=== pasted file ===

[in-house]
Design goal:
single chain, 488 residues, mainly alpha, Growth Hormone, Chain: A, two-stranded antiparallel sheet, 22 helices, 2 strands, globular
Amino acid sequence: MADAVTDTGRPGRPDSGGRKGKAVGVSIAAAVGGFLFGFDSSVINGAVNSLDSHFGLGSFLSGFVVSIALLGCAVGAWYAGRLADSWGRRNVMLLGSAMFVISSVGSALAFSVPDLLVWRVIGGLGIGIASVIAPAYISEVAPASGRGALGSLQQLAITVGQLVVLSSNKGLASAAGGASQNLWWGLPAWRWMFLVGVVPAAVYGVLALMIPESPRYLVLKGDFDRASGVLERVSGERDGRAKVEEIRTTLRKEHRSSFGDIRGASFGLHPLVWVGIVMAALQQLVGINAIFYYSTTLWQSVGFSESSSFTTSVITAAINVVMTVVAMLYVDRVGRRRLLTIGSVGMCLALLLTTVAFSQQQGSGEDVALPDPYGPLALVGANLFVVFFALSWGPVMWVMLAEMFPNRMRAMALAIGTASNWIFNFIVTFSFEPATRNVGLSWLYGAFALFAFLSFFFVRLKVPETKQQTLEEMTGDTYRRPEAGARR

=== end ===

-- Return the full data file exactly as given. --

[in-house]
Design goal:
single chain, 488 residues, mainly alpha, Growth Hormone, Chain: A, two-stranded antiparallel sheet, 22 helices, 2 strands, globular
Amino acid sequence: MADAVTDTGRPGRPDSGGRKGKAVGVSIAAAVGGFLFGFDSSVINGAVNSLDSHFGLGSFLSGFVVSIALLGCAVGAWYAGRLADSWGRRNVMLLGSAMFVISSVGSALAFSVPDLLVWRVIGGLGIGIASVIAPAYISEVAPASGRGALGSLQQLAITVGQLVVLSSNKGLASAAGGASQNLWWGLPAWRWMFLVGVVPAAVYGVLALMIPESPRYLVLKGDFDRASGVLERVSGERDGRAKVEEIRTTLRKEHRSSFGDIRGASFGLHPLVWVGIVMAALQQLVGINAIFYYSTTLWQSVGFSESSSFTTSVITAAINVVMTVVAMLYVDRVGRRRLLTIGSVGMCLALLLTTVAFSQQQGSGEDVALPDPYGPLALVGANLFVVFFALSWGPVMWVMLAEMFPNRMRAMALAIGTASNWIFNFIVTFSFEPATRNVGLSWLYGAFALFAFLSFFFVRLKVPETKQQTLEEMTGDTYRRPEAGARR